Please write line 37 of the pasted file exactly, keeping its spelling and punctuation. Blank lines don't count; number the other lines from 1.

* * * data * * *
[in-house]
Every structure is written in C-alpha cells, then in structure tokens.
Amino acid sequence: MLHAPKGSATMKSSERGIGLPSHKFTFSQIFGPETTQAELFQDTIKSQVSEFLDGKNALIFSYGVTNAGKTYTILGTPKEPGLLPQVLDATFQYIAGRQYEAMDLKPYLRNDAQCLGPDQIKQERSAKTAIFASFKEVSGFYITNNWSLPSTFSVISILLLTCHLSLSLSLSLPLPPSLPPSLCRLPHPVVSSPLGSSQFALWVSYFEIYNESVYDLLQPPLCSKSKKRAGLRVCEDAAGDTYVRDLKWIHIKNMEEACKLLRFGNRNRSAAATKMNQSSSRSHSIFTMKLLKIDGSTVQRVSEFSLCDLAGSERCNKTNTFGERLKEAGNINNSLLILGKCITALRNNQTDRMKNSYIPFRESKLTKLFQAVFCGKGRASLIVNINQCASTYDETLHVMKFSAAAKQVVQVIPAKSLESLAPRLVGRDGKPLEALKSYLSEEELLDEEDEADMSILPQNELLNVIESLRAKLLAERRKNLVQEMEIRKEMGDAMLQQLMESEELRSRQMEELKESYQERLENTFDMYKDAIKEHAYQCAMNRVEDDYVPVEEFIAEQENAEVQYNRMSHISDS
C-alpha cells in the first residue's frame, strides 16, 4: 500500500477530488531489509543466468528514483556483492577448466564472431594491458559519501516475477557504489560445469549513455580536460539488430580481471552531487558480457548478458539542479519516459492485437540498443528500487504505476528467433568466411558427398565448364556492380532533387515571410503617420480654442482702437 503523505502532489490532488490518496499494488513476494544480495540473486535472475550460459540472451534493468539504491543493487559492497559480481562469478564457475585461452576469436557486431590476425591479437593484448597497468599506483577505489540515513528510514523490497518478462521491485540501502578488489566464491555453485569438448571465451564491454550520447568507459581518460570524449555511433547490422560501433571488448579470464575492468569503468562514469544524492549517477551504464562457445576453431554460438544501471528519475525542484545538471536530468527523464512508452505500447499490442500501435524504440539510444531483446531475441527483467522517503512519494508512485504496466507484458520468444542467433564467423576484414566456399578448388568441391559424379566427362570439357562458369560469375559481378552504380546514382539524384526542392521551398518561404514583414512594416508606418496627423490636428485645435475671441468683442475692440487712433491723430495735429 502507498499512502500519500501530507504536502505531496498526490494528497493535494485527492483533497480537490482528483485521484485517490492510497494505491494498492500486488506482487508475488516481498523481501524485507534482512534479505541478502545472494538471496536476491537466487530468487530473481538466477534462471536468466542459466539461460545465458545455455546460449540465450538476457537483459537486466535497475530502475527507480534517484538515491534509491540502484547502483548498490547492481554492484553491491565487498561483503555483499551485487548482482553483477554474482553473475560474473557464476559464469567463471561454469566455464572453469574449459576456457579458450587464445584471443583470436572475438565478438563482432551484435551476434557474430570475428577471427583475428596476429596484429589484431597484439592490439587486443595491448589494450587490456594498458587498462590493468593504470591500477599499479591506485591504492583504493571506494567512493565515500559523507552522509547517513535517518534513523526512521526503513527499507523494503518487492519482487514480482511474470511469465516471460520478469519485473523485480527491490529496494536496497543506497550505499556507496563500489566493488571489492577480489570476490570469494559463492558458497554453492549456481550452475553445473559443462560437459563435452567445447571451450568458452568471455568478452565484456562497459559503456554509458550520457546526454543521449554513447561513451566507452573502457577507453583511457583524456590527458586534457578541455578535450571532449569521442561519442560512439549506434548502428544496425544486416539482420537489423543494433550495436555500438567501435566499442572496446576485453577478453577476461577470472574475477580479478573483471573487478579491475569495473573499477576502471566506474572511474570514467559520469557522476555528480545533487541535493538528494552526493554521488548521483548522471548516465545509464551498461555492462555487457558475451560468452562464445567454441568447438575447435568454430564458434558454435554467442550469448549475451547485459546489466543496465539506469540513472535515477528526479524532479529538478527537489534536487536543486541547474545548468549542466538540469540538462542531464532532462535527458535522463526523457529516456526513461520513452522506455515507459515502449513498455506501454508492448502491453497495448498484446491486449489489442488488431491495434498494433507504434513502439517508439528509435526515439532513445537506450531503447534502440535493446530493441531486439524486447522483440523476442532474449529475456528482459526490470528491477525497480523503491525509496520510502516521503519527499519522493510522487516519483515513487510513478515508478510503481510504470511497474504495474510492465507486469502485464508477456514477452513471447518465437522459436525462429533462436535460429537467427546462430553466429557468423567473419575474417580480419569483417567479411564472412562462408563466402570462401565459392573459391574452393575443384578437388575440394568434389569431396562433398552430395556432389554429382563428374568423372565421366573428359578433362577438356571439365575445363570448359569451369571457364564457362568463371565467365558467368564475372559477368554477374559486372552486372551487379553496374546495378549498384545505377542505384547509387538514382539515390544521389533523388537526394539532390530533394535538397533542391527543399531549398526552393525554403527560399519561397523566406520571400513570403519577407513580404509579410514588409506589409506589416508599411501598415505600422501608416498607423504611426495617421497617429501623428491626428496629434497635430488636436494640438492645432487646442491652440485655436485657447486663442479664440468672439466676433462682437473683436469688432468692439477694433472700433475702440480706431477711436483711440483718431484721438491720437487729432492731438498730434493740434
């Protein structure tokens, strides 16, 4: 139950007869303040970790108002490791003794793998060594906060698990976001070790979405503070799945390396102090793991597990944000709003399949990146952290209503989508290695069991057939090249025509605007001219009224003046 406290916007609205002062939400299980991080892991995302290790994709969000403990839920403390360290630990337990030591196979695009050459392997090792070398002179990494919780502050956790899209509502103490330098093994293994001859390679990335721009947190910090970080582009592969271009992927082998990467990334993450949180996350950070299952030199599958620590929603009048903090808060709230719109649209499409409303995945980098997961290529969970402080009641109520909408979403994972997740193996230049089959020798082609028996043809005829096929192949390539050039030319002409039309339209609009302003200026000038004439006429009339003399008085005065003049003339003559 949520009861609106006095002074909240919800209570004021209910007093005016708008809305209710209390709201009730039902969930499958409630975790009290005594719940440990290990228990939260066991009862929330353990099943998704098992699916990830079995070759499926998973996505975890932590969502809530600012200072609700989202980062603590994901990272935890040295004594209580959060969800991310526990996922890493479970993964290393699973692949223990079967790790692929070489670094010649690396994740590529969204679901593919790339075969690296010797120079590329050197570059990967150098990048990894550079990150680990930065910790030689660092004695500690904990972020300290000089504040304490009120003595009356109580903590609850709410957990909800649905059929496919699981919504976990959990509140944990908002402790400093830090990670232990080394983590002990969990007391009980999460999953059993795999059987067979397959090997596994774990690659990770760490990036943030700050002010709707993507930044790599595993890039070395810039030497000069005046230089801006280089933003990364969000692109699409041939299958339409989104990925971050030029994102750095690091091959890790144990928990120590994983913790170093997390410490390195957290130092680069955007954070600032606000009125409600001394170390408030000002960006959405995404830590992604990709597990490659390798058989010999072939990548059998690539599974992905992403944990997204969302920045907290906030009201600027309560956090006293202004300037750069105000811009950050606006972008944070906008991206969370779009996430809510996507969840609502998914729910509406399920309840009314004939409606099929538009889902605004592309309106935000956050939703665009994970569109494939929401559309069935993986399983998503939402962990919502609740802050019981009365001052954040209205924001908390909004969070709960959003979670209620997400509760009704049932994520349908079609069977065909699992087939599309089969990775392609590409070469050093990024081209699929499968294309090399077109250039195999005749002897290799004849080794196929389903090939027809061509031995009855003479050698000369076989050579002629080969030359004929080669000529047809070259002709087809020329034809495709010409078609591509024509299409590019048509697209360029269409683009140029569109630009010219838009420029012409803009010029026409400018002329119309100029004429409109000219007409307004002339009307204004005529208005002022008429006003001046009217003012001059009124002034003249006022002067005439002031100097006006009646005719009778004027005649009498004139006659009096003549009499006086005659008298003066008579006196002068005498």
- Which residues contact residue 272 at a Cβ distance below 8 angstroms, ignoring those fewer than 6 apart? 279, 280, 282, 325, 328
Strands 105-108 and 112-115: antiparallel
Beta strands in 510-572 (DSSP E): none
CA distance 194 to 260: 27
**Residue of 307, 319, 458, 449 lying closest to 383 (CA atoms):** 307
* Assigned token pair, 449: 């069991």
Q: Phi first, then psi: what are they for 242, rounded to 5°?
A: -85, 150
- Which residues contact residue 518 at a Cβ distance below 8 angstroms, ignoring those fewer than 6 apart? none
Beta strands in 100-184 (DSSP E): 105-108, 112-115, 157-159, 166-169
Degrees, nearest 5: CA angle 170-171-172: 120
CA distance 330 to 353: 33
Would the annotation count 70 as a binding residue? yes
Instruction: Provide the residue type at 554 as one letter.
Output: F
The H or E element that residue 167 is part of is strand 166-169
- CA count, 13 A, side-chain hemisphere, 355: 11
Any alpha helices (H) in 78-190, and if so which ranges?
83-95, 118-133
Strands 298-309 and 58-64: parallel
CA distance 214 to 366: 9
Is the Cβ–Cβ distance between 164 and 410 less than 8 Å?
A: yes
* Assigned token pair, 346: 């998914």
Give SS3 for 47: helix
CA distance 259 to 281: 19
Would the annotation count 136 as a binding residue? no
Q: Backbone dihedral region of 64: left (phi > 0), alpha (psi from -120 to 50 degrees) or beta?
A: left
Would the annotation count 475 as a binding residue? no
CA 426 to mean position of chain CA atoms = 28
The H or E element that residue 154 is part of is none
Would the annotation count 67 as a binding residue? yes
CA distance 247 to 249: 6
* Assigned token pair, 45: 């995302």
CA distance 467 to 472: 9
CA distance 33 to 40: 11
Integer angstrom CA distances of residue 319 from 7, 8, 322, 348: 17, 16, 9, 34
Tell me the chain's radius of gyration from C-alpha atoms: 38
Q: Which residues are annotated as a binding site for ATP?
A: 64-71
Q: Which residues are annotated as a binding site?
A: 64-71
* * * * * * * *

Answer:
The H or E element that residue 154 is part of is none